Record Watch: 10 records on high alert at the European Championships and the swimmers going after them

The European Championships kick off from the pool on Monday, and by the time things wrap up the following Sunday, the record books will likely look quite a bit different. Here are 10 of the more notable records (meet records, European records, and of course World Records) that look to be in some level of danger heading into next weeks battle in Berlin.

Note: this list is far from exhaustive. Feel free to chime in your own thoughts in the comments section about more records on the chopping block at 2014 Euros.

Event: Women’s 50 fly
Contender(s): Sarah Sjostrom, Sweden
Record: World record, 24.43 – Sarah Sjostrom Sweden 2014

Quick Take: Let’s get the obvious one out of the way first, shall we? Sjostrom smashed this record in July at Swedish Nationals. Lowering it will be a tall order, but Sjostrom’s red-hot right now

Event: Men’s 200 breast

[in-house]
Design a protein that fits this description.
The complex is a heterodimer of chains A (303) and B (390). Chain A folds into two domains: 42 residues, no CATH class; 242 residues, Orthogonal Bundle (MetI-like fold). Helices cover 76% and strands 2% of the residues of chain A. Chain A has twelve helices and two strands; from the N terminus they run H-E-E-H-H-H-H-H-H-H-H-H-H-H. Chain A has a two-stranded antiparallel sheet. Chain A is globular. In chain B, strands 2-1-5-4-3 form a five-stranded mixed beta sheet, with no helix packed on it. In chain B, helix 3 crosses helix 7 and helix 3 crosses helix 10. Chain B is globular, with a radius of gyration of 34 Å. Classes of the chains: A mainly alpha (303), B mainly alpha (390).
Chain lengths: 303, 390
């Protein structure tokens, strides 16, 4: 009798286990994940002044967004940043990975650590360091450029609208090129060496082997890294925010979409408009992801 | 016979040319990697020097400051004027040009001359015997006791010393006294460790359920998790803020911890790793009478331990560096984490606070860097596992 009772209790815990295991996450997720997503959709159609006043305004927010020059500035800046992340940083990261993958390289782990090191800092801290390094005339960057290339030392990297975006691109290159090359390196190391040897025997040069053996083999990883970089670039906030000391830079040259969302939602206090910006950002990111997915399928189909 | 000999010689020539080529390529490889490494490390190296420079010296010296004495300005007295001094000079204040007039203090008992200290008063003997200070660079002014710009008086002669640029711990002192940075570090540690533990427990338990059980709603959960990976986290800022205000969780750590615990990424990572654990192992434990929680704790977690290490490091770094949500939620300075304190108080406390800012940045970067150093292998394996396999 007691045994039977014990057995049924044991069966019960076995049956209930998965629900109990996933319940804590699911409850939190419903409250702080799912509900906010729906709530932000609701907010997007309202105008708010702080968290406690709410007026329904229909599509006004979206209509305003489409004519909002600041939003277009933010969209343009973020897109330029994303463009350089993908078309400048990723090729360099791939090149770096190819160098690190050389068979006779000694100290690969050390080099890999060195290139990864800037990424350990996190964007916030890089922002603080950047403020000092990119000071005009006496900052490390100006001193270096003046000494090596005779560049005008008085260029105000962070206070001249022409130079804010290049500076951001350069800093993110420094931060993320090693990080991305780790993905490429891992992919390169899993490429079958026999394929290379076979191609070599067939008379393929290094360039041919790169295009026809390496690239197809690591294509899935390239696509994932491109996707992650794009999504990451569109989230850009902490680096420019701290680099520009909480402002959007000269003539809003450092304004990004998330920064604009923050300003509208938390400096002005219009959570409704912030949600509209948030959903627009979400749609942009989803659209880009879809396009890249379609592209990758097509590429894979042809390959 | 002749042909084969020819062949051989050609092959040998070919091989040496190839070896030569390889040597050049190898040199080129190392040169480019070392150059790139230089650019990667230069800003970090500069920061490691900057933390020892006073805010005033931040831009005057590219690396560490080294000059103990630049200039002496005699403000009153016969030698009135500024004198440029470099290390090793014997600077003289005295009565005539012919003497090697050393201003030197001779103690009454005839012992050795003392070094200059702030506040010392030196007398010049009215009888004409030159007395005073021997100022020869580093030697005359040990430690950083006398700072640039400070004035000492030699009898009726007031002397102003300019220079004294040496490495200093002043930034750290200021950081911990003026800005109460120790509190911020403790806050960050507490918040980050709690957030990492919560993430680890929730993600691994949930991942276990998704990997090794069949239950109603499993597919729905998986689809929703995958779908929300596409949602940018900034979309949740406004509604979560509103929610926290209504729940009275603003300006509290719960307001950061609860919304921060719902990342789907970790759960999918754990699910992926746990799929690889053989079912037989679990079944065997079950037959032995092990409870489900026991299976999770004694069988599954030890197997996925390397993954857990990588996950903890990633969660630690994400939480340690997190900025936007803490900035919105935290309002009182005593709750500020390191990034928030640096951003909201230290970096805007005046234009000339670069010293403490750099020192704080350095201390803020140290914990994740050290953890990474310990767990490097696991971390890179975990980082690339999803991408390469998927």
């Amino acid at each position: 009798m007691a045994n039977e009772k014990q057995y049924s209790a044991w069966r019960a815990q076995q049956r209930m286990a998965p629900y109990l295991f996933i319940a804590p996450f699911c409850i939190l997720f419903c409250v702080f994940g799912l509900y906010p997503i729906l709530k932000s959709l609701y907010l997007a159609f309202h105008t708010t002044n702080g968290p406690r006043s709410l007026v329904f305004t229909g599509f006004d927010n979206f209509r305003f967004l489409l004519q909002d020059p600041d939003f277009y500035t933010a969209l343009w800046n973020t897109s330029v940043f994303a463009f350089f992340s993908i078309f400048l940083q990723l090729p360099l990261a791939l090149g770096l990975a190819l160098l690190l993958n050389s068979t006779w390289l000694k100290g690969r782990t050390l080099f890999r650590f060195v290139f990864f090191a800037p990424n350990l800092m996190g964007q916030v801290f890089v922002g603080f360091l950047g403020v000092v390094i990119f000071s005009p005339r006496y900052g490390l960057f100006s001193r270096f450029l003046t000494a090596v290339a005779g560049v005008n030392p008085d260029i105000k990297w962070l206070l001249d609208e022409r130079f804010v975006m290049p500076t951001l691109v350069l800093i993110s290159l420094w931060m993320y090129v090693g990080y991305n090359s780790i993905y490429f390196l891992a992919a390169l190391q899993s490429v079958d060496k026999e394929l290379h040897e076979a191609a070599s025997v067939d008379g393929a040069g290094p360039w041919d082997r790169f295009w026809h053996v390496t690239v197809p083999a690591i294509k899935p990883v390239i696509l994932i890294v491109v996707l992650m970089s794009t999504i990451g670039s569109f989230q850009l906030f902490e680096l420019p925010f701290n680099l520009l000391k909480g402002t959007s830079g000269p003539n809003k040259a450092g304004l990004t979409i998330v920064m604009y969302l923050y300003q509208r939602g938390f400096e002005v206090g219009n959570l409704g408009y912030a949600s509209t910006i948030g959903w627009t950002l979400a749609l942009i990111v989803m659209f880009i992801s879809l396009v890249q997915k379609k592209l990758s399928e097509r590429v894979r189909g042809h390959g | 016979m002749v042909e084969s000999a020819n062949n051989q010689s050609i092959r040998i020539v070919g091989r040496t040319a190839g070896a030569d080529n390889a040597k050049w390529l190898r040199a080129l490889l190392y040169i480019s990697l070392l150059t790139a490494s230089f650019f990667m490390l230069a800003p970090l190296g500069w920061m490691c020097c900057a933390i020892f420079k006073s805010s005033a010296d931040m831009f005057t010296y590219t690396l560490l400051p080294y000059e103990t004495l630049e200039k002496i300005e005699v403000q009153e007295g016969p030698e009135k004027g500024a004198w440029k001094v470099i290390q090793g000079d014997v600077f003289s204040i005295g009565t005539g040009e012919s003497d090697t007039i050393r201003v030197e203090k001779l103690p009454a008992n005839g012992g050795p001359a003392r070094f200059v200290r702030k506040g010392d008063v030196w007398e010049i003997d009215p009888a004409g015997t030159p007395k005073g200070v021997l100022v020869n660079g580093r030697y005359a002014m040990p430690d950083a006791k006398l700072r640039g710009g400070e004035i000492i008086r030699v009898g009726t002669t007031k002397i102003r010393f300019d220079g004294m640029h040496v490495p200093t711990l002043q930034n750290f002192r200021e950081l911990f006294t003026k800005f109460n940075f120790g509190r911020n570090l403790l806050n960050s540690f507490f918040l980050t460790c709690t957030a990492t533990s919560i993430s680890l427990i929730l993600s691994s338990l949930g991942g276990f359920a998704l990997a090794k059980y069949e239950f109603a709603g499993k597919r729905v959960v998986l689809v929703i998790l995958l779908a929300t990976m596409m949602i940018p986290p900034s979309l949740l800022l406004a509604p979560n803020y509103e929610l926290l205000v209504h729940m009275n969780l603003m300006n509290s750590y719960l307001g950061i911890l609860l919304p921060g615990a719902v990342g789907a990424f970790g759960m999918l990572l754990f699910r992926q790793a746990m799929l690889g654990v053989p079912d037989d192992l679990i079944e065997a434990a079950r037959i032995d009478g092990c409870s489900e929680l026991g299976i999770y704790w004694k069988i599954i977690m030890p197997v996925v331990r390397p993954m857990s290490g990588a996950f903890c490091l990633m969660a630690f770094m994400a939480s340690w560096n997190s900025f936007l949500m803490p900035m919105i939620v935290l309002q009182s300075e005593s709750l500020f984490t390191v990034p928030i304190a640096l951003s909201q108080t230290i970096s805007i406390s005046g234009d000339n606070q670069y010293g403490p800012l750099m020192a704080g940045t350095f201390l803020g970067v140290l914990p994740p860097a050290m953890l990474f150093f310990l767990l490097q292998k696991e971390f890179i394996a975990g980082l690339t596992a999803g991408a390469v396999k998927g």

Contender(s): Ross Murdoch, Great Britain, Marco Koch, Germany
Record: World record, 2:07.01 – Akihiro Yamaguchi, Japan 2013
Quick Take:
This race could be a barn-burner. Murdoch has been three tenths off the record, after his teammate Michael Jamieson (absent from Berlin) was the early world leader. Koch could make this a battle for the win with a gold medal coming with a special bonus world record

Event: Women’s 200 back
Contender(s): Daria Ustinova, Russia
Record: Meet record, 2:06.62 – Krisztina Egerszegi, Hungary 1991
Quick Take:
This one’s a bit of a stretch, but merit’s mention for its longevity. Hungary’s Egerszegi set this record all the way back in 1991, and at 23 years old, it’s the oldest European Championships record on the books. Ustinova is still about a second and a half away based on her season-best, but Ustinova’s youth means a big drop isn’t out of the question.

Event: Women’s 200 breast
Contender(s): Rikke Moller Pedersen, Denmark
Record: World record, 2:19.11 – Rikke Moller Pedersen Denmark 2013
Quick Take: